Decades of evidence from other respiratory viruses, along with observations of patients in recent months, suggests such infections may increase a person’s risk for Alzheimer’s disease, Parkinson’s disease and other brain disorders, according to a paper announcing the study, published [January 5] in Alzheimer’s & Dementia: The Journal of the Alzheimer’s Association.
The paper called the coronavirus pandemic “a unique — if unwelcome — opportunity” to study the effects of respiratory virus infection on the brains of covid-19 survivors.
Scientists from nearly 40 countries have signed on, and researchers hope to enroll about 40,000 participants.
In the year since the coronavirus began spreading across the globe, doctors have noted lingering post-recovery conditions ranging from brain fog and forgetfulness to anxiety, depression, and psychosis.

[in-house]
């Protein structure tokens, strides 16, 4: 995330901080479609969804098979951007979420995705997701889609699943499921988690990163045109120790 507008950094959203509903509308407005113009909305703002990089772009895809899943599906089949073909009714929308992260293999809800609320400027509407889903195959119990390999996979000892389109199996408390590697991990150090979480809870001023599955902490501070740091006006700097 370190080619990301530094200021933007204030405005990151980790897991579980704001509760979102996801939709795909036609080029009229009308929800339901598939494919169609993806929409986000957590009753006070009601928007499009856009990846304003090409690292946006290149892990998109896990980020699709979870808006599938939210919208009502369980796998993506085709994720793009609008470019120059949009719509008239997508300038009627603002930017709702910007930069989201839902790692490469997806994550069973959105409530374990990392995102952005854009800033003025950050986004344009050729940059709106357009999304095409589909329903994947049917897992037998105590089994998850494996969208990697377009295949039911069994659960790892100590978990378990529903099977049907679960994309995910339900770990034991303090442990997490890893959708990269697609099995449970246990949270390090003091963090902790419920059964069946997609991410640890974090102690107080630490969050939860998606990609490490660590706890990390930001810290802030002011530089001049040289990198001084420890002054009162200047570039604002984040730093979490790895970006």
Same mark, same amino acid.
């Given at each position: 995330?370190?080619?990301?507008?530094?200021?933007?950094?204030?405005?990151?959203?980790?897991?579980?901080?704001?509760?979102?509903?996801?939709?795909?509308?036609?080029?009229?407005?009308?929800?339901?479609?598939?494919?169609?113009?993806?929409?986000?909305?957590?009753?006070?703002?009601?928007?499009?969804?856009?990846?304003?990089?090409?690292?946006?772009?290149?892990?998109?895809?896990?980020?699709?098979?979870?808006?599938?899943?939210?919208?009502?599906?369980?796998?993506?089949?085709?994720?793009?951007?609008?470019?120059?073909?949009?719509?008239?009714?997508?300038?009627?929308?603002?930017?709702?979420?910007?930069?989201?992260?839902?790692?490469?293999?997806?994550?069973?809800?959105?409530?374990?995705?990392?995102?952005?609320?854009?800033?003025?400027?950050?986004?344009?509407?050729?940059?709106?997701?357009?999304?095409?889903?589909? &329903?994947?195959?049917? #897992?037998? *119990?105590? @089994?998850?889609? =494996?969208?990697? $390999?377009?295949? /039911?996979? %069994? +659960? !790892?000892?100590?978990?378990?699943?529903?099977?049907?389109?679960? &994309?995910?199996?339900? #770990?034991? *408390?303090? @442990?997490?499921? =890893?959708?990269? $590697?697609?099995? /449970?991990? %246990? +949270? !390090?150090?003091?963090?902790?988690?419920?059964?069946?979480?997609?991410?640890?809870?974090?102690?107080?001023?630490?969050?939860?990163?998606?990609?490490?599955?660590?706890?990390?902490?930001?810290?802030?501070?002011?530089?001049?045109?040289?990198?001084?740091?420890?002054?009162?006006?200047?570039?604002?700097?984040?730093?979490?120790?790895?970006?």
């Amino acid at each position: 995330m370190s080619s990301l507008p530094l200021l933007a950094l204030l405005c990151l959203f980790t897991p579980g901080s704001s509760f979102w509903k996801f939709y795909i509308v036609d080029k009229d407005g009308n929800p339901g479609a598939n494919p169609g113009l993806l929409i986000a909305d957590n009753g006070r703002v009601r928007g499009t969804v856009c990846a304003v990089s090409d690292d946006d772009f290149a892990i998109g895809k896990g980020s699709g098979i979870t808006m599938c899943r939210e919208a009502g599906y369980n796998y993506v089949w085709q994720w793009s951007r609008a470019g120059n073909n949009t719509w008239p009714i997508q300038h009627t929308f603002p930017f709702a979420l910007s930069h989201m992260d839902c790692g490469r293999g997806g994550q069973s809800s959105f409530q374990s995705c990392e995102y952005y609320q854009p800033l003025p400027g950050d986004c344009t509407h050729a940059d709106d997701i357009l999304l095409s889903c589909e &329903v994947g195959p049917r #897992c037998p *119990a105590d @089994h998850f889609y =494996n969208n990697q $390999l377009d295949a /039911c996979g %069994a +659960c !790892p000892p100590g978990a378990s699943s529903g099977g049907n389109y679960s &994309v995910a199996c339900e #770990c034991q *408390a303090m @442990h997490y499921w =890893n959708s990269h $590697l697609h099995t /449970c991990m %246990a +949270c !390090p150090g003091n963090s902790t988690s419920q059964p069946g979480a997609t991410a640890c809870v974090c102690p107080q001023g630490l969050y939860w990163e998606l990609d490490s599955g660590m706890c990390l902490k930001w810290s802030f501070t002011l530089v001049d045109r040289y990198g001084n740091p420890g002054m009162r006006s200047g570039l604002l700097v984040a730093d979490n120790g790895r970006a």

“Abnormal brain imaging has emerged as a major feature of COVID-19 from all parts of the world,” the paper said.
Although there is some evidence that getting flu and pneumonia vaccines may protect against cognitive problems, it is not clear whether a coronavirus vaccine could have helpful or deleterious cognitive associations.
“I wish I knew the answer to that, because I already have the vaccine,” de Erausquin said. “We don’t know yet.”